FOR IMMEDIATE RELEASE:
For more information:
Crystal Thompson, CAP, 602-321-9349, firstname.lastname@example.org
Michelle Moreno, ADWR, 480-251-7621, email@example.com
Phoenix – August 15, 2013 - Today, the U.S. Bureau of Reclamation released its monthly Operation Plan for Colorado River System Reservoirs 24-Month Study (Study), which projects that releases from Lake Powell into Lake Mead in water year 2014 (October 2014 through September 2015) will be reduced by 9% as compared to 2013 (7.48 million acre-feet versus 8.23 MAF). The study also indicates that releases will most likely be 7.48 MAF again in 2015. These back–to-back reductions could cause Lake Mead’s elevation to fall below the 1,075 foot elevation by the end of 2015, which would result in the U.S. Secretary of the Interior declaring a Lower Basin shortage for 2016. These projections are subject to change as the year progresses, particularly if there is a good winter snowpack in 2014 or 2015.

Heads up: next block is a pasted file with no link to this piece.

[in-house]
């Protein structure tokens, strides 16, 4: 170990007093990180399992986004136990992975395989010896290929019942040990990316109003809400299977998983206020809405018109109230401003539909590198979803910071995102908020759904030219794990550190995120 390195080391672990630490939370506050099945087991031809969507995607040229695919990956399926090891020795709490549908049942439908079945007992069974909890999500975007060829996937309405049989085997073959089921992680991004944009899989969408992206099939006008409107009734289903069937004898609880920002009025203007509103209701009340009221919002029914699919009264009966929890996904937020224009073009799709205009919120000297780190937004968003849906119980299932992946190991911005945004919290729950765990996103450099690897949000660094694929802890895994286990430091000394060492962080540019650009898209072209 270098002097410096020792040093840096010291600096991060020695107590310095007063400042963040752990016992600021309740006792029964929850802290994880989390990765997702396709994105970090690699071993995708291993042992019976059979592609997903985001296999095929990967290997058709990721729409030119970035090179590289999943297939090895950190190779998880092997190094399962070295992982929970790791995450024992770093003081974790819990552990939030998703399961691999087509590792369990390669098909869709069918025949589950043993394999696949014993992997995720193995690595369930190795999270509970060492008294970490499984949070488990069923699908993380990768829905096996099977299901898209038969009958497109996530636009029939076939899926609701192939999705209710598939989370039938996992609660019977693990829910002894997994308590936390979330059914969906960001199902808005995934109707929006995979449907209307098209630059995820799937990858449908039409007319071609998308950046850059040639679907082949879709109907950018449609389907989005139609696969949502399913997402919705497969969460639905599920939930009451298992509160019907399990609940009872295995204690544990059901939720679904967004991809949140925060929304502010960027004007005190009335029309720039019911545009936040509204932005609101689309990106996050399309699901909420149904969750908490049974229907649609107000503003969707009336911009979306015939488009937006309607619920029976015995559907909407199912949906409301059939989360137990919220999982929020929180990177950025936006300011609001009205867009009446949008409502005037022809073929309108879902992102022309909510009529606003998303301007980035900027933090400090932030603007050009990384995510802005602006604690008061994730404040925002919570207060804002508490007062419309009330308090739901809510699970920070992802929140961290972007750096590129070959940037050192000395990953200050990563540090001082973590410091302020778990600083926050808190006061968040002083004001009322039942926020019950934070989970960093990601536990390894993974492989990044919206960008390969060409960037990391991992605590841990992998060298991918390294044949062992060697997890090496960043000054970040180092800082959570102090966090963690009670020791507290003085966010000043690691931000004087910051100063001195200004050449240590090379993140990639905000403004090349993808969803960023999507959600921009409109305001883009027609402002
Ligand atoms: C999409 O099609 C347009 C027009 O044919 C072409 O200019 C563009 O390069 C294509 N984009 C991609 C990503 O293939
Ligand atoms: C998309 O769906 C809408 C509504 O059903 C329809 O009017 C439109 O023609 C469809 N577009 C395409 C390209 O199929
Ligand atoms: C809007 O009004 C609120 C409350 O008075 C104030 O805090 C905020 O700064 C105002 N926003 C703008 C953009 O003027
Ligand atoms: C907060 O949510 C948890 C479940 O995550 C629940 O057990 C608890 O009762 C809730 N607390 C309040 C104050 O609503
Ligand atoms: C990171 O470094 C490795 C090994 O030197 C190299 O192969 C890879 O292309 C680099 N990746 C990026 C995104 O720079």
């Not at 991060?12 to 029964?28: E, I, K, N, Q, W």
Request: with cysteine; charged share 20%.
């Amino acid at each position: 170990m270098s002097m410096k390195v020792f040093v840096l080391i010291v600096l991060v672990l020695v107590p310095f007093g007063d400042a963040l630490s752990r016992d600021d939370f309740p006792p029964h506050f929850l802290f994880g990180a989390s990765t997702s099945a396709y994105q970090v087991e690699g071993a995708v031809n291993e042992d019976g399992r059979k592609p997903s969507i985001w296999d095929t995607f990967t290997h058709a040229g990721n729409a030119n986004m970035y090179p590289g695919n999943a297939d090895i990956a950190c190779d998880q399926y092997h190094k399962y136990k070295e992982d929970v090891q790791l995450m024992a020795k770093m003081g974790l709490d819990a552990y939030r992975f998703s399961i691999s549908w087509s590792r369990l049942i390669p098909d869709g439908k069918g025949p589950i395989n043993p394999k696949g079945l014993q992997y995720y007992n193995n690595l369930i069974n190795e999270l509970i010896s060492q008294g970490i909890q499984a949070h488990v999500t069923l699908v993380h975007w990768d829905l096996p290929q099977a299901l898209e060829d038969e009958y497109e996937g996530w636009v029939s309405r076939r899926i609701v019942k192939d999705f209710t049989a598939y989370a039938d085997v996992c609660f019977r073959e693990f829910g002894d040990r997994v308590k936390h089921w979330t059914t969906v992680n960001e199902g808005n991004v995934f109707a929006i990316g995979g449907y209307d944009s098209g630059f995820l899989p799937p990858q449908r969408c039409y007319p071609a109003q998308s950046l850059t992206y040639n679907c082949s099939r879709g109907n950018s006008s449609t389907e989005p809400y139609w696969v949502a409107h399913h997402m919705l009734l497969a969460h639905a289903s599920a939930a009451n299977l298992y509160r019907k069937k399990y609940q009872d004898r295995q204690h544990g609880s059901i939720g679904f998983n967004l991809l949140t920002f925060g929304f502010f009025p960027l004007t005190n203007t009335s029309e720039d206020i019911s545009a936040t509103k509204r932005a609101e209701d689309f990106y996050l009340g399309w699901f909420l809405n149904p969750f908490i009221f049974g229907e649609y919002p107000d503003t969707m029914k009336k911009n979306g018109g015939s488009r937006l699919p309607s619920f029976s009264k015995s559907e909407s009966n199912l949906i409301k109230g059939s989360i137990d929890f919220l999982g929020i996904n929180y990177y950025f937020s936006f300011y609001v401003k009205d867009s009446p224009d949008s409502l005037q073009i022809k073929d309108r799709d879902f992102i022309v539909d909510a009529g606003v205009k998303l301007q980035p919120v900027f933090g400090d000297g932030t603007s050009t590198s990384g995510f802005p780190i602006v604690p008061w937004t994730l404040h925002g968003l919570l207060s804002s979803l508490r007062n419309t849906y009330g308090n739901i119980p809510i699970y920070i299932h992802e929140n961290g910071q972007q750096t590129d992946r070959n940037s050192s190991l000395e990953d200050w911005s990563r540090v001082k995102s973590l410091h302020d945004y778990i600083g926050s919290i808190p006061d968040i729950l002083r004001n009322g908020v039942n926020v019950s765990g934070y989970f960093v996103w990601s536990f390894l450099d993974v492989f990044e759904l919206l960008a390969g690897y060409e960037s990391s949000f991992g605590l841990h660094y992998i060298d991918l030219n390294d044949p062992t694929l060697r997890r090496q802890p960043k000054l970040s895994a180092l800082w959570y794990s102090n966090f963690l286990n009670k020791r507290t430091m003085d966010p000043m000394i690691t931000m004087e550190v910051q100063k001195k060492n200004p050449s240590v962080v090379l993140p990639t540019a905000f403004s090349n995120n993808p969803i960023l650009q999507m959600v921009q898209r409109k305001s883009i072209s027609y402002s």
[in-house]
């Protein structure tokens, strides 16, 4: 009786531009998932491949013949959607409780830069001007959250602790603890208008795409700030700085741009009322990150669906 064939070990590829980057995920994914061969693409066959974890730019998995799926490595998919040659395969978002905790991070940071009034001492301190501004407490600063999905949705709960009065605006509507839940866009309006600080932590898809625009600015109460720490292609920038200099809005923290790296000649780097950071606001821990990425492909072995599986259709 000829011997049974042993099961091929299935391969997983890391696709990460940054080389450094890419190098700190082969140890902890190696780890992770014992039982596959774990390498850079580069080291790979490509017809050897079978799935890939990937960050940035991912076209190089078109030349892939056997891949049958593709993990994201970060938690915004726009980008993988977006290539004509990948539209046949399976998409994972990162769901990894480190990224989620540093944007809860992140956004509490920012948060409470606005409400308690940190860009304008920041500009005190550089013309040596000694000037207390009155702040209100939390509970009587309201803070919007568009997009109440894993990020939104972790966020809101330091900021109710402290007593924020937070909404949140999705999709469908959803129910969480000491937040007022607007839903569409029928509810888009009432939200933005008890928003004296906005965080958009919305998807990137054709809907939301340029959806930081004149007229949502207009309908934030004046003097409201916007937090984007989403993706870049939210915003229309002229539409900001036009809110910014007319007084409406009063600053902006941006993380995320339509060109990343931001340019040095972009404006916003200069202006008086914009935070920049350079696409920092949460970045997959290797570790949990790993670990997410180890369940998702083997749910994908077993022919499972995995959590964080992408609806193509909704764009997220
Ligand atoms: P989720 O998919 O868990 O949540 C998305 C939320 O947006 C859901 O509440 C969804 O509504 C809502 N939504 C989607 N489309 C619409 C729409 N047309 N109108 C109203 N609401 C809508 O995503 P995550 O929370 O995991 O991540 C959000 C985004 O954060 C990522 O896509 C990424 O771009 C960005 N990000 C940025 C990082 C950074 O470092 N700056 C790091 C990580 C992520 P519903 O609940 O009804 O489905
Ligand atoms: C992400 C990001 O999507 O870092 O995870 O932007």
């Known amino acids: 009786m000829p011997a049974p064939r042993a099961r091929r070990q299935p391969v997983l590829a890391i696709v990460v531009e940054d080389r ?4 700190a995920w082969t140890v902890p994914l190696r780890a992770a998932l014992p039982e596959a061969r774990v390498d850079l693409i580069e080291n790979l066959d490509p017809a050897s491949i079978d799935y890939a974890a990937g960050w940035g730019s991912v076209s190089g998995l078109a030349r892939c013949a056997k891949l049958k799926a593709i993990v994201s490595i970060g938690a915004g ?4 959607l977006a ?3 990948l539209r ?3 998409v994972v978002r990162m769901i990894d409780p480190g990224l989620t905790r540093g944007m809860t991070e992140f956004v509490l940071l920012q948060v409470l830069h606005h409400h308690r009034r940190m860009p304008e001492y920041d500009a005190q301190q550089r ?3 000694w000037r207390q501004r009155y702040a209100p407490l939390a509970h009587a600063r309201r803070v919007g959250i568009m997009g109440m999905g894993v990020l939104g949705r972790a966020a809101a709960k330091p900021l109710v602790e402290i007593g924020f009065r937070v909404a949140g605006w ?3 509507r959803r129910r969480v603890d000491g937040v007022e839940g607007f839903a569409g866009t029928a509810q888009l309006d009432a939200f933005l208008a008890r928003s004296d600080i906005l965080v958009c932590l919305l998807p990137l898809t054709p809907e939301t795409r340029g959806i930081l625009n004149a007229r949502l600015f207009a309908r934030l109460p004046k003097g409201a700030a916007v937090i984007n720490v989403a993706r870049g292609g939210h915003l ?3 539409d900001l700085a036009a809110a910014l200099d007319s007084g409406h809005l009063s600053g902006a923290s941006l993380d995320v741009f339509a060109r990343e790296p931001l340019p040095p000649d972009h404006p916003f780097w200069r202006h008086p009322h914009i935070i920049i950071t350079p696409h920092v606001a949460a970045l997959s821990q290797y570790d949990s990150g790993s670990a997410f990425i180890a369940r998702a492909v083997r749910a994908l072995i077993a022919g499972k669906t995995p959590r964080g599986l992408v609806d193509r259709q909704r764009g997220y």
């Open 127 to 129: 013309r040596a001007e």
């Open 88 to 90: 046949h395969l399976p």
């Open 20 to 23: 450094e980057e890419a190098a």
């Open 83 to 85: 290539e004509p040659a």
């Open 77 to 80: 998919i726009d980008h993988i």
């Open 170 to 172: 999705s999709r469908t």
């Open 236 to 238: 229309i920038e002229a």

If there is a Colorado River shortage in 2016, there would be no direct impact to the water supplies for cities, residential water users, and Native American Indian Tribes. The Central Arizona Project’s (CAP) deliveries would be reduced by 320,000 acre-feet, which is about 20% of the CAP supply in recent years. This reduction would impact lower priority CAP users, including underground storage by the Arizona Water Banking Authority and Central Arizona Groundwater Replenishment District, as well as non-Indian agriculture.
“While the possibility of a shortage declaration is significant, Arizona has been planning and preparing for just such a condition for decades,” said Sandra Fabritz Whitney, Director of the Arizona Department of Water Resources. “Arizona has led the nation in conservation efforts and long-term water management, including storing millions of acre-feet of water underground as a backup supply."
David Modeer, General Manager of the CAP, added that, "While all of us in Arizona should continue our conservation efforts, this also serves as a call to the federal government and all Colorado River water users that we need to work together to seek creative management solutions in the short term and augmentation of supplies in the long-term.”